Finally around 1.30 AM, after completing our rounds of the Trivandrum city we stopped at the Medical College junction for something to eat and drink. There we counted the money and to our sheer delight we found we had more than Rs. 4000 (before deducting the petrol costs) for our ‘spiritual’ enlightenment, thanks to the very generous people of Pongumoodu. The return on investment was much higher than our Manna enterprise considering we only spent a few hours for practice and one night of singing and traveling.

“…and man will live for evermore, because of Christmas Day…”

P.S.: The next day some of our friends who were in the van we saw when we were coming out of the Pongumoodu colony seemed very dull and depressed. When asked, they told us that they were sent by the church to the colony to sing, eat, drink and collect the money. But at every house they were supposed to go, somebody had gone before them and collected all the goodies that were meant for them…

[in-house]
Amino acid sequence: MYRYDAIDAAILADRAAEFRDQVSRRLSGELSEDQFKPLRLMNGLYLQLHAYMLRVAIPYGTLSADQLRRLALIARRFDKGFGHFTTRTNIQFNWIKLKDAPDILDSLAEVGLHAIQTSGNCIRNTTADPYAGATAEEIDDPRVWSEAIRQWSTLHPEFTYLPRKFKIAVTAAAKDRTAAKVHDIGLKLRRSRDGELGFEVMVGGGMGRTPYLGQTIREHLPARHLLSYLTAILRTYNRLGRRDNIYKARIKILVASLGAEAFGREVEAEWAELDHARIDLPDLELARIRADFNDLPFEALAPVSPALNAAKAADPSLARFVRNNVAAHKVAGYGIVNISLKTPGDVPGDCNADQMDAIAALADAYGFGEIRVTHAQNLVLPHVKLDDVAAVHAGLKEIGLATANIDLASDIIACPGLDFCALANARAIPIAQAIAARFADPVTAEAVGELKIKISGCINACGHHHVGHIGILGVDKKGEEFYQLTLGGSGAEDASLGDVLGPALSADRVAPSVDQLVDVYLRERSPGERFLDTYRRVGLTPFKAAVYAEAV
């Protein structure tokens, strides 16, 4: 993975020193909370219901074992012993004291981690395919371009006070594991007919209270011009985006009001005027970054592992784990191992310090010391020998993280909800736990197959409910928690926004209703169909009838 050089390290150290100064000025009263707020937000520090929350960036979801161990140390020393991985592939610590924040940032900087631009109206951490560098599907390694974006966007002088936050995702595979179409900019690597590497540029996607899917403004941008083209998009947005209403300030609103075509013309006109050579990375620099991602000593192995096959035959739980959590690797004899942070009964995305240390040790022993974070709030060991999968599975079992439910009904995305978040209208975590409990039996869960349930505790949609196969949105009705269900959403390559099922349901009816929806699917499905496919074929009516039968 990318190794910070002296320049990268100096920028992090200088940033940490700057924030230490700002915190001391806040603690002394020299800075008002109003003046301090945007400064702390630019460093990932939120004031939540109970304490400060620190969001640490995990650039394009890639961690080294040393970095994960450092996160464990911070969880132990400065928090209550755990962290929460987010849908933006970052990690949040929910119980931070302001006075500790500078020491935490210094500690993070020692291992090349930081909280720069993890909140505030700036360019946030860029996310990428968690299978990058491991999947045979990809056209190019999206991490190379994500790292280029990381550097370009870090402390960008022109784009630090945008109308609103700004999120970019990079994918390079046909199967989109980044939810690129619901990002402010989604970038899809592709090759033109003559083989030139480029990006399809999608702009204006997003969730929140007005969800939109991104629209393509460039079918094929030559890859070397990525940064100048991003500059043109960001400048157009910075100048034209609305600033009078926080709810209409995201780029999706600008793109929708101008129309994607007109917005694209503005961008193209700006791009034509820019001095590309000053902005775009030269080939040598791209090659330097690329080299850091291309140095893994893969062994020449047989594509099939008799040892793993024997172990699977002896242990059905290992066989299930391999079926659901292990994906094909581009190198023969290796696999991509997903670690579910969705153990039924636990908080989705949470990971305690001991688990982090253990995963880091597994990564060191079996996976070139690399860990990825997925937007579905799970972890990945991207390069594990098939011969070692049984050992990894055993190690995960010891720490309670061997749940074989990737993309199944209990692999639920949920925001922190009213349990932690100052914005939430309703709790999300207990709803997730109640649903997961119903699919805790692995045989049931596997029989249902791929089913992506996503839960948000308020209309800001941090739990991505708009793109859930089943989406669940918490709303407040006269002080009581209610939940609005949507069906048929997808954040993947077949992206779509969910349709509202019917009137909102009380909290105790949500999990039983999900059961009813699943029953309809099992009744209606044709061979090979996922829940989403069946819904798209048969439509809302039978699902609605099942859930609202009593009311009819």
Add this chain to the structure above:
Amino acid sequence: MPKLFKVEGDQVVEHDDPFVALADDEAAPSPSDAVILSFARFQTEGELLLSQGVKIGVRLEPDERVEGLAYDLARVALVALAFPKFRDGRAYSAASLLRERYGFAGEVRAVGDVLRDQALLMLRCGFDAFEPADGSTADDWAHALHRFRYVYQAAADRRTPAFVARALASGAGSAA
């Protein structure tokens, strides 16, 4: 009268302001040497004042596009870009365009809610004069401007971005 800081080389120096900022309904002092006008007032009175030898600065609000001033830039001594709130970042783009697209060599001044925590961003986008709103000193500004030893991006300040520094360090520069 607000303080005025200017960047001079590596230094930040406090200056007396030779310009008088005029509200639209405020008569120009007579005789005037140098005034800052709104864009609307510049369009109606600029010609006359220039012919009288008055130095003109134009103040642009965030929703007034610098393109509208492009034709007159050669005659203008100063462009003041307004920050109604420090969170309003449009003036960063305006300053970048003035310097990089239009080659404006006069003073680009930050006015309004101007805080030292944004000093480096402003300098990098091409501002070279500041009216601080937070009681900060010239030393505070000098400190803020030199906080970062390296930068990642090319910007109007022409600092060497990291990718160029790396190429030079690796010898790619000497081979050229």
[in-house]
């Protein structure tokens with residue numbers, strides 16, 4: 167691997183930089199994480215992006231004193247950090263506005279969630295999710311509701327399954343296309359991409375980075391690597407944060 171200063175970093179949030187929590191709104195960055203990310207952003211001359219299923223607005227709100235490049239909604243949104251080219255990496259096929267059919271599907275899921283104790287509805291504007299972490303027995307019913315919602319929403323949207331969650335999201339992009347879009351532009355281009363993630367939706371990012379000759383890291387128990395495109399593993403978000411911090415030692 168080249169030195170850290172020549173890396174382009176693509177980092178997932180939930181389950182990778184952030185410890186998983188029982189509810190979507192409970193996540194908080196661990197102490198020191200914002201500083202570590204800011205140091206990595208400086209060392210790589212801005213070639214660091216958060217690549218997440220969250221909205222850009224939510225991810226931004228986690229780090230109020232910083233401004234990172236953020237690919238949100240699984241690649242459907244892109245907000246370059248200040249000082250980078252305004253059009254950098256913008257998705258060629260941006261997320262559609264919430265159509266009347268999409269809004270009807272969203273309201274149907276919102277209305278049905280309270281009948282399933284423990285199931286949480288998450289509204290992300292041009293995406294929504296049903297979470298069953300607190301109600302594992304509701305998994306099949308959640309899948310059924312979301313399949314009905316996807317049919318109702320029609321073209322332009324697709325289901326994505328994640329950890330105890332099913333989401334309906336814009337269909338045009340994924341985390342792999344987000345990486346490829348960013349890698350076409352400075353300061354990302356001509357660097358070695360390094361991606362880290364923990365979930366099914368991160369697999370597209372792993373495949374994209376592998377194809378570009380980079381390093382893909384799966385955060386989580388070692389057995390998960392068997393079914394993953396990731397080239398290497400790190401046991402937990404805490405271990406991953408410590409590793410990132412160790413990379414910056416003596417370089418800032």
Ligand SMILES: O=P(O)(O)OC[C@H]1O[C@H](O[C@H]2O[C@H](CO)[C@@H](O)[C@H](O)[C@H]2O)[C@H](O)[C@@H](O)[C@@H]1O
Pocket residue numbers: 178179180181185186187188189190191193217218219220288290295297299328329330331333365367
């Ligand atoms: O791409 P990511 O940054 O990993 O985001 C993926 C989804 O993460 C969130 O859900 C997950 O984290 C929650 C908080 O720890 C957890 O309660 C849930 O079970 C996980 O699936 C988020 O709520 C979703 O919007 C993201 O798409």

1. silverine said,

    August 14, 2005 at 12:36 pm

    This reminded me of my carol singing days in school. The motive was the same as yours. In fact it is the motive of most carol groups here in Bangalore nowadays ie to make some pocket money.This has led to the spawning of many groups who come and badger every house with a star. Which is very irritating.Now the churches have formed their official groups and inform us in advance to their arrival.

    Your account was so funny. To think that with one carol you managed to make so much money!!!!:)) Must have been one hell of a jolly Christmas that year.

  2. Alexis Leon said,

    August 14, 2005 at 7:32 pm

    Thanks for the comments. Yes we did have a wonderful Xmas party that year.

  3. Jithu said,

    August 16, 2005 at 1:34 am

    that was cool! 😉 college life is fun!

  4. sacs said,

    December 3, 2005 at 11:46 am

    I can visualize the ‘spiritually’ challenged singing “Ta rum rum rum ta” standing in front of Arashnmoodu Toddy shop after the tiring carol rounds!

    Great Blog, beautifully captured.

    Fellow CETian ’95